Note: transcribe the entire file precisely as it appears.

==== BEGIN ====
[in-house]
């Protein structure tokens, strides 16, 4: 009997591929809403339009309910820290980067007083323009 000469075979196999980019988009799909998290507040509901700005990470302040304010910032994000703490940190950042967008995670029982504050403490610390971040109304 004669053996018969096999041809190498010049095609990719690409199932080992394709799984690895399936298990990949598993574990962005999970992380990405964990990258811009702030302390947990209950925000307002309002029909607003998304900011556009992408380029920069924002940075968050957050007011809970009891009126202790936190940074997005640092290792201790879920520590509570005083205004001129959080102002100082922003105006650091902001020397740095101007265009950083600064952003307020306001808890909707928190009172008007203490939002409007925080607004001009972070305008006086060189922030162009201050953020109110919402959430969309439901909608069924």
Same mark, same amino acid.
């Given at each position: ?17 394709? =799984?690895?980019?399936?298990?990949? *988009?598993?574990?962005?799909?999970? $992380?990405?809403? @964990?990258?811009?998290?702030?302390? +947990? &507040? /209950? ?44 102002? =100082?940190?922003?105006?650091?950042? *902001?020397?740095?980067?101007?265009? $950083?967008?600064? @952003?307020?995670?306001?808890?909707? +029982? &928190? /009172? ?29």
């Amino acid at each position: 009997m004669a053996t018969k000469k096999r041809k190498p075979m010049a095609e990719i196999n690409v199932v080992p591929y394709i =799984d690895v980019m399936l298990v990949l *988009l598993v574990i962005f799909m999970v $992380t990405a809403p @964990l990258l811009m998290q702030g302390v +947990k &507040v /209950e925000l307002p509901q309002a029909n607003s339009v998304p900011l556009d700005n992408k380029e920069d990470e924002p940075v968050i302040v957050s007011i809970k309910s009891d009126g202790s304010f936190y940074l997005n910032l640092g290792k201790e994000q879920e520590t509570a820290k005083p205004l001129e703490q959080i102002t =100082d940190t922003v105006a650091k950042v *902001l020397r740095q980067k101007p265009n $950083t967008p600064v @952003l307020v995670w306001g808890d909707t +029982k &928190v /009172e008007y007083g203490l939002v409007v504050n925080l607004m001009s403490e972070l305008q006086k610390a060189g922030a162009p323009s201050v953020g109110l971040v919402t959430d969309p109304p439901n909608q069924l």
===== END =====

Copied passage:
[in-house]
């Protein structure tokens, strides 16, 4: 009997591929809403339009309910820290980067007083323009 000469075979196999980019988009799909998290507040509901700005990470302040304010910032994000703490940190950042967008995670029982504050403490610390971040109304 004669053996018969096999041809190498010049095609990719690409199932080992394709799984690895399936298990990949598993574990962005999970992380990405964990990258811009702030302390947990209950925000307002309002029909607003998304900011556009992408380029920069924002940075968050957050007011809970009891009126202790936190940074997005640092290792201790879920520590509570005083205004001129959080102002100082922003105006650091902001020397740095101007265009950083600064952003307020306001808890909707928190009172008007203490939002409007925080607004001009972070305008006086060189922030162009201050953020109110919402959430969309439901909608069924």
Same mark, same amino acid.
């Given at each position: ?17 394709? =799984?690895?980019?399936?298990?990949? *988009?598993?574990?962005?799909?999970? $992380?990405?809403? @964990?990258?811009?998290?702030?302390? +947990? &507040? /209950? ?44 102002? =100082?940190?922003?105006?650091?950042? *902001?020397?740095?980067?101007?265009? $950083?967008?600064? @952003?307020?995670?306001?808890?909707? +029982? &928190? /009172? ?29």
């Amino acid at each position: 009997m004669a053996t018969k000469k096999r041809k190498p075979m010049a095609e990719i196999n690409v199932v080992p591929y394709i =799984d690895v980019m399936l298990v990949l *988009l598993v574990i962005f799909m999970v $992380t990405a809403p @964990l990258l811009m998290q702030g302390v +947990k &507040v /209950e925000l307002p509901q309002a029909n607003s339009v998304p900011l556009d700005n992408k380029e920069d990470e924002p940075v968050i302040v957050s007011i809970k309910s009891d009126g202790s304010f936190y940074l997005n910032l640092g290792k201790e994000q879920e520590t509570a820290k005083p205004l001129e703490q959080i102002t =100082d940190t922003v105006a650091k950042v *902001l020397r740095q980067k101007p265009n $950083t967008p600064v @952003l307020v995670w306001g808890d909707t +029982k &928190v /009172e008007y007083g203490l939002v409007v504050n925080l607004m001009s403490e972070l305008q006086k610390a060189g922030a162009p323009s201050v953020g109110l971040v919402t959430d969309p109304p439901n909608q069924l």